Here we have another compound, which is comprised of hala, coming from “hali” meaning “tail” and stjarna which looks like it sounds: “star.” That leaves us with the idea of a comet being a “tail star” of sorts, trailing through space like an eel swimming through dark waters.
Halastjarna isn’t the only interesting compound involving “stjarna.” You also have “reikistjarna,” the word for planet that breaks down into reika and stjarna, collectively meaning “wandering/roaming star,” much like early astronomers described the planets before they realized they weren’t actually the massive, luminous spheres of plasma that we call stars.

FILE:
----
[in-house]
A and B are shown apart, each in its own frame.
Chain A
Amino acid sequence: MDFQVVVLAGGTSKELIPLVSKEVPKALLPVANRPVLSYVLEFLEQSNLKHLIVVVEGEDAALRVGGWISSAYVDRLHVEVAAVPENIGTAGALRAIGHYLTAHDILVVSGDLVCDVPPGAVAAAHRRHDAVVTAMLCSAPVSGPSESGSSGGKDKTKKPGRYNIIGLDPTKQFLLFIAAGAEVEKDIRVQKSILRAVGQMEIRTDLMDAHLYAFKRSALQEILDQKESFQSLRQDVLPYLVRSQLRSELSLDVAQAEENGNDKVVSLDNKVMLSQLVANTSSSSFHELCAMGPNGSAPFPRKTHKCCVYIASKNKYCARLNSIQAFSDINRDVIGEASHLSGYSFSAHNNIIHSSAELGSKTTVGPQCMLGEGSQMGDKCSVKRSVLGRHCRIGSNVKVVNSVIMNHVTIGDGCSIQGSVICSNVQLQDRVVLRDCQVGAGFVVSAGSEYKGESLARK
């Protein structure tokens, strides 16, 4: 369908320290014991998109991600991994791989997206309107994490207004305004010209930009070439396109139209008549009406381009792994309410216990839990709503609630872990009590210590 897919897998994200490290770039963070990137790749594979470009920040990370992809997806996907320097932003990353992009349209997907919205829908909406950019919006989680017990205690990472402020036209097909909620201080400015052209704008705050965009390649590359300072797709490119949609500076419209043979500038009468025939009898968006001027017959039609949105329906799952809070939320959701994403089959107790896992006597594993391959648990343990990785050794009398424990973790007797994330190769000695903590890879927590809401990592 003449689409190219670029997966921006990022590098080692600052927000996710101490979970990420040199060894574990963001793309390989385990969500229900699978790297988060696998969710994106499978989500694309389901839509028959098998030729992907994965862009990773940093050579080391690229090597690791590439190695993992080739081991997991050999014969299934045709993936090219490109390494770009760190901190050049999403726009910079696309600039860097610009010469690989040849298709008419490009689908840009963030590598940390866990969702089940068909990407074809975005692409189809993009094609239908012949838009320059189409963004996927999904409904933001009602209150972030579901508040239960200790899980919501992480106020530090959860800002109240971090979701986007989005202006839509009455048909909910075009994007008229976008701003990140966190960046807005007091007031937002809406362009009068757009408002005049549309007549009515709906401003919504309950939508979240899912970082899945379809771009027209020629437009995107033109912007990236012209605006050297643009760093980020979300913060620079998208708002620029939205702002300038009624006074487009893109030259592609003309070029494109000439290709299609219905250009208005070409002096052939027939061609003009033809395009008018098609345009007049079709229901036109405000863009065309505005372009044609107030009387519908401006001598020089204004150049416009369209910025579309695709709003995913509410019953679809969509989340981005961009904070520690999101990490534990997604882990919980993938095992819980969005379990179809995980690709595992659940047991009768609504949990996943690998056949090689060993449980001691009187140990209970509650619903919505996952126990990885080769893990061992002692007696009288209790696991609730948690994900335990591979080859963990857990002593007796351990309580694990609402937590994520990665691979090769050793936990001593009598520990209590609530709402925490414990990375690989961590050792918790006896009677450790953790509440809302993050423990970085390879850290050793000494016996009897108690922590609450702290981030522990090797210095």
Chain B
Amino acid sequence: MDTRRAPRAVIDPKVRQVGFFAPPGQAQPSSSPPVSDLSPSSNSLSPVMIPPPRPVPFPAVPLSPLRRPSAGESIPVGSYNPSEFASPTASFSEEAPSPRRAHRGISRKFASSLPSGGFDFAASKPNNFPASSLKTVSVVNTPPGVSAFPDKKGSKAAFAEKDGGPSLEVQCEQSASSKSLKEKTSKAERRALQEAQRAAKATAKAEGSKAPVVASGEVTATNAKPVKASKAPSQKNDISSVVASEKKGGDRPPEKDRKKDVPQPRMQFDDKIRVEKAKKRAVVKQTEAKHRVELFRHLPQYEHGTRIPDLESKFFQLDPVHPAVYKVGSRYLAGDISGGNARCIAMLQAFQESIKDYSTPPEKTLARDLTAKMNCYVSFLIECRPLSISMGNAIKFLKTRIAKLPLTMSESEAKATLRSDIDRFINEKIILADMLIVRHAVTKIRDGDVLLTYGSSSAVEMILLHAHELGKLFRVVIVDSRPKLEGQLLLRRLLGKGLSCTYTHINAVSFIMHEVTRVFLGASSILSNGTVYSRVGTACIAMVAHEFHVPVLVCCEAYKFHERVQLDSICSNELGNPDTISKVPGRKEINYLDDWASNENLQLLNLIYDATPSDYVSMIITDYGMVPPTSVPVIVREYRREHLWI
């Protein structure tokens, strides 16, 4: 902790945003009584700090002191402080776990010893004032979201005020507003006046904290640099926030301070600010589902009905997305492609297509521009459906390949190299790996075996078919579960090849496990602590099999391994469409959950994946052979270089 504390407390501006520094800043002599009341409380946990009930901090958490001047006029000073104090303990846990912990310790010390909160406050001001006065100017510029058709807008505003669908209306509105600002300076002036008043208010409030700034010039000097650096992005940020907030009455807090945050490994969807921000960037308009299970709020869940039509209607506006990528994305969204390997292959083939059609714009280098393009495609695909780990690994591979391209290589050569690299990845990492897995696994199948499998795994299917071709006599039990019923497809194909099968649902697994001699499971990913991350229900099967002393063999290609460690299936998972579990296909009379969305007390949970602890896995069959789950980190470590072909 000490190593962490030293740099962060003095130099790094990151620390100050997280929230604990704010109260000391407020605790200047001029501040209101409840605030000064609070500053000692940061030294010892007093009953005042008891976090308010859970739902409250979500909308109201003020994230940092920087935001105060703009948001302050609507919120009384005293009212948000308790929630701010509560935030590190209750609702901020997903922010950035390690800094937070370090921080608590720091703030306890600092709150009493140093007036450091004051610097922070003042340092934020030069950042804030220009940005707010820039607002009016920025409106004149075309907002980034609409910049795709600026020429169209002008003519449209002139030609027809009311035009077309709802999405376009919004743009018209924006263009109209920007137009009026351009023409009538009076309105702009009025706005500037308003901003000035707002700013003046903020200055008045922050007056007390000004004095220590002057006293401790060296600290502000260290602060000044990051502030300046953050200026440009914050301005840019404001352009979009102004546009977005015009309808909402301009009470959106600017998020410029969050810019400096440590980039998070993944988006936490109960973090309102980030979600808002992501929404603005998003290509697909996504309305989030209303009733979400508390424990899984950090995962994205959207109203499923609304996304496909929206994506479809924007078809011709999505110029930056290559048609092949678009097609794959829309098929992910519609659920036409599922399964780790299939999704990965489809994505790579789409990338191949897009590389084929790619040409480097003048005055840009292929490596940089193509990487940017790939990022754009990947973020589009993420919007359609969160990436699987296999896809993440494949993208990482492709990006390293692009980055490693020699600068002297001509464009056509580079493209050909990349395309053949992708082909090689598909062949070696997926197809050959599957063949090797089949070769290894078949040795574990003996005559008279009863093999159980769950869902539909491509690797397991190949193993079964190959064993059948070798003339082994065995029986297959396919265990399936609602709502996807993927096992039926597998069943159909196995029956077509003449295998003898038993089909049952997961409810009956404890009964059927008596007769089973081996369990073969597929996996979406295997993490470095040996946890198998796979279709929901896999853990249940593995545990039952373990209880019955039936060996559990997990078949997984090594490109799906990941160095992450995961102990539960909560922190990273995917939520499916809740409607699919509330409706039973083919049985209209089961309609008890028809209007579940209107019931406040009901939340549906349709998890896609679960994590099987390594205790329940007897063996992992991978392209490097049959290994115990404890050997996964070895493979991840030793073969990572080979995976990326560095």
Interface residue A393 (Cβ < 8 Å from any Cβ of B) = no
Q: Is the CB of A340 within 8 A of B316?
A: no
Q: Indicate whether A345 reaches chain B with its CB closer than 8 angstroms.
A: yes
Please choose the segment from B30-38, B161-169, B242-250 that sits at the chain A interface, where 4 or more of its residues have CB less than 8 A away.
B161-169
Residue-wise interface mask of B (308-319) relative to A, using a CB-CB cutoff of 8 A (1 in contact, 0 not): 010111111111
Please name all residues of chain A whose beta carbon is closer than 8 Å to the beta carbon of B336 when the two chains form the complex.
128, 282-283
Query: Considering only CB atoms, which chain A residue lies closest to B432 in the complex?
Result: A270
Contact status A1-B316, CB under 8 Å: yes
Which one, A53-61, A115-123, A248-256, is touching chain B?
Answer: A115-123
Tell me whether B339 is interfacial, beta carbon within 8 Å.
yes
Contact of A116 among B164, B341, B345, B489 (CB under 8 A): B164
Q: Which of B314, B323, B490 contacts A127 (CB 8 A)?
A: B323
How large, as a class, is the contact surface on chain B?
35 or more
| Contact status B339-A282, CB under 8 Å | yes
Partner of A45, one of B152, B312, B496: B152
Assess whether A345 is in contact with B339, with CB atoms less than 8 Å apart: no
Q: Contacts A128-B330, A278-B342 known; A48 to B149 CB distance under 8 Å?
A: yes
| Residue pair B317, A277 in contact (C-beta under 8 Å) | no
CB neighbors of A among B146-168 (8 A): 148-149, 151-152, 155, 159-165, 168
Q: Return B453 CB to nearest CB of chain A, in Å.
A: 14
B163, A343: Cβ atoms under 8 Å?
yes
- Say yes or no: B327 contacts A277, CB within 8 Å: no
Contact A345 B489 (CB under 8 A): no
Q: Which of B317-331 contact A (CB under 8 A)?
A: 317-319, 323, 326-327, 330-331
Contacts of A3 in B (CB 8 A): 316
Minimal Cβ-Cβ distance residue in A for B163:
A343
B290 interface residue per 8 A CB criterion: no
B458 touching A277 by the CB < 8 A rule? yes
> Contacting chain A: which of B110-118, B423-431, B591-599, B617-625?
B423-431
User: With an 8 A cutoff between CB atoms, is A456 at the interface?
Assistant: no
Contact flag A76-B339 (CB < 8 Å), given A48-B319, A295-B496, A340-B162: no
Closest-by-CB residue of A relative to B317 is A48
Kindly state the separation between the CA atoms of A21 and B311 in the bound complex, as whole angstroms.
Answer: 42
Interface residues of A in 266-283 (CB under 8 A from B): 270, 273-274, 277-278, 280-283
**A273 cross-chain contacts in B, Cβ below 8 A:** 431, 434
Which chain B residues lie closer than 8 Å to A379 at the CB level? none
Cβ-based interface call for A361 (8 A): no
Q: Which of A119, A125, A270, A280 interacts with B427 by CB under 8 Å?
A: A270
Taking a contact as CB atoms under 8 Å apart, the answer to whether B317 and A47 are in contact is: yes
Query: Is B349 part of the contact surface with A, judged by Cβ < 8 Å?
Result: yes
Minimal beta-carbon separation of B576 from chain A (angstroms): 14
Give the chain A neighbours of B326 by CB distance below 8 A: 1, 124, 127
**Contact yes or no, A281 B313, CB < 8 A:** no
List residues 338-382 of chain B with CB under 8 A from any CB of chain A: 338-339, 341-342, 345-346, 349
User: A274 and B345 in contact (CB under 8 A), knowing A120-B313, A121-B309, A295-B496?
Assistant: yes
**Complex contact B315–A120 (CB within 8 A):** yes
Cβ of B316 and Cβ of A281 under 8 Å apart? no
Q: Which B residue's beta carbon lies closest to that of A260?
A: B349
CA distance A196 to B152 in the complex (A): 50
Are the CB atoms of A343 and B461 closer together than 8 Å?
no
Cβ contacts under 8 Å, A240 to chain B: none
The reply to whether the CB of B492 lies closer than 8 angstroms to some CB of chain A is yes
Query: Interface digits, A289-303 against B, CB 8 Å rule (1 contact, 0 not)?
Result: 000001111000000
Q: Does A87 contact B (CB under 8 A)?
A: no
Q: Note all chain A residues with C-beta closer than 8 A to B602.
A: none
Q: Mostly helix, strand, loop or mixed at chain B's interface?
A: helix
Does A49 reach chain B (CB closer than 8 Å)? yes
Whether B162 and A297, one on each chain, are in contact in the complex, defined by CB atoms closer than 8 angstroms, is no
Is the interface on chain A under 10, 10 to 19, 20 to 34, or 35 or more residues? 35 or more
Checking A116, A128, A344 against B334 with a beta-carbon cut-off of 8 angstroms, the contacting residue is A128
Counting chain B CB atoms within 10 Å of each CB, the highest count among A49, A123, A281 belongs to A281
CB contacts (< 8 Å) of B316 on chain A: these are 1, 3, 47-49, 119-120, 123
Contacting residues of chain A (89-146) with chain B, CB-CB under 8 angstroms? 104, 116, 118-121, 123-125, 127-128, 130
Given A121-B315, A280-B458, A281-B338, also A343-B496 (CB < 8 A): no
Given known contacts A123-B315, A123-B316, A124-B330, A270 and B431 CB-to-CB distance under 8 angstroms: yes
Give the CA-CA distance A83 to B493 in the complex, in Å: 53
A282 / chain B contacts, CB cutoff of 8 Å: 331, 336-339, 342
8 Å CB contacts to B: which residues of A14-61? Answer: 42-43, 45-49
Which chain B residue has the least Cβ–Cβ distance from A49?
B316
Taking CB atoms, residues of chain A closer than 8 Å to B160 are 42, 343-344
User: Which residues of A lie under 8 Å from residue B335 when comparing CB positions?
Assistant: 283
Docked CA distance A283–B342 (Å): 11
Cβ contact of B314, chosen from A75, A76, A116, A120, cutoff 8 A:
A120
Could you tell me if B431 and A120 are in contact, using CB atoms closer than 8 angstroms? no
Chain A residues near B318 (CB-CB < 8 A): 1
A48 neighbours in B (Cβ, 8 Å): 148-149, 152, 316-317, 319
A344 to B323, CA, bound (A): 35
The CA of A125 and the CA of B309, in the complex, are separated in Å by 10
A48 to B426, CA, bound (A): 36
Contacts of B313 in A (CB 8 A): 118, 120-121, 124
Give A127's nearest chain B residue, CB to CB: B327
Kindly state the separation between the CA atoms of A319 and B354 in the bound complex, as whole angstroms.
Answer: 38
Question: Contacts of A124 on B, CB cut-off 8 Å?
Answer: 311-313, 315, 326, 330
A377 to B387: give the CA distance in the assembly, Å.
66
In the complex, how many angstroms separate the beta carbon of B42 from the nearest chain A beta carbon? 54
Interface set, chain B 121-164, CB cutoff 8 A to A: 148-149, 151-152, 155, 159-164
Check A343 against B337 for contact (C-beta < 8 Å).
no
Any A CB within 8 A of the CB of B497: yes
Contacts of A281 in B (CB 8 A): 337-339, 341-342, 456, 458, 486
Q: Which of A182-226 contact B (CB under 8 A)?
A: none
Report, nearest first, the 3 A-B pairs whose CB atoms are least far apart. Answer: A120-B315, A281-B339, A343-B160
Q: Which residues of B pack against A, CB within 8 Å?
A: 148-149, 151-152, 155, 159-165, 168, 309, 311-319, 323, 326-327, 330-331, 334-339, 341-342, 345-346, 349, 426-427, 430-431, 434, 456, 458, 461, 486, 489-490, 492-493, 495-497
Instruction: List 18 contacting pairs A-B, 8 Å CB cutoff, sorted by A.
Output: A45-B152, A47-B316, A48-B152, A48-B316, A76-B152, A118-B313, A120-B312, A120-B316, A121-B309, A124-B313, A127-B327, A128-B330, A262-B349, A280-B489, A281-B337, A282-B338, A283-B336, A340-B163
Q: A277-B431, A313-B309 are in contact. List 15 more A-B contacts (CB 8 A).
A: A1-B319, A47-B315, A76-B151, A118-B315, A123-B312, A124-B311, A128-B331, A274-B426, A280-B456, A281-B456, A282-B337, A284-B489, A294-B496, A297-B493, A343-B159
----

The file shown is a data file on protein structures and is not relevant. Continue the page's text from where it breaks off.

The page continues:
A third one is “sjöstjarna,” broken down as sjö (seven) and stjarna. This “seven star” is the word for Pleiades, a cluster of seven stars named as the “seven sisters” of the solar system. This word also happens to be the name of a plant called the Chickweed Wintergreen, although its etymology and the beginning of this usage is unknown to me.
While on the topic of space, let us not forget to add a new word to our long list of compounds containing steinn or “stone.” In addition to dropasteinkerti, brennisteinn, augasteinn, and steinþegja, we have the lovely “loftsteinn,” meaning “meteorite” but containing loft (sky) and steinn, or “sky stone.”
If you dare to challenge yourself, here is a lovely wikipedia article in Icelandic about the reikistjarna.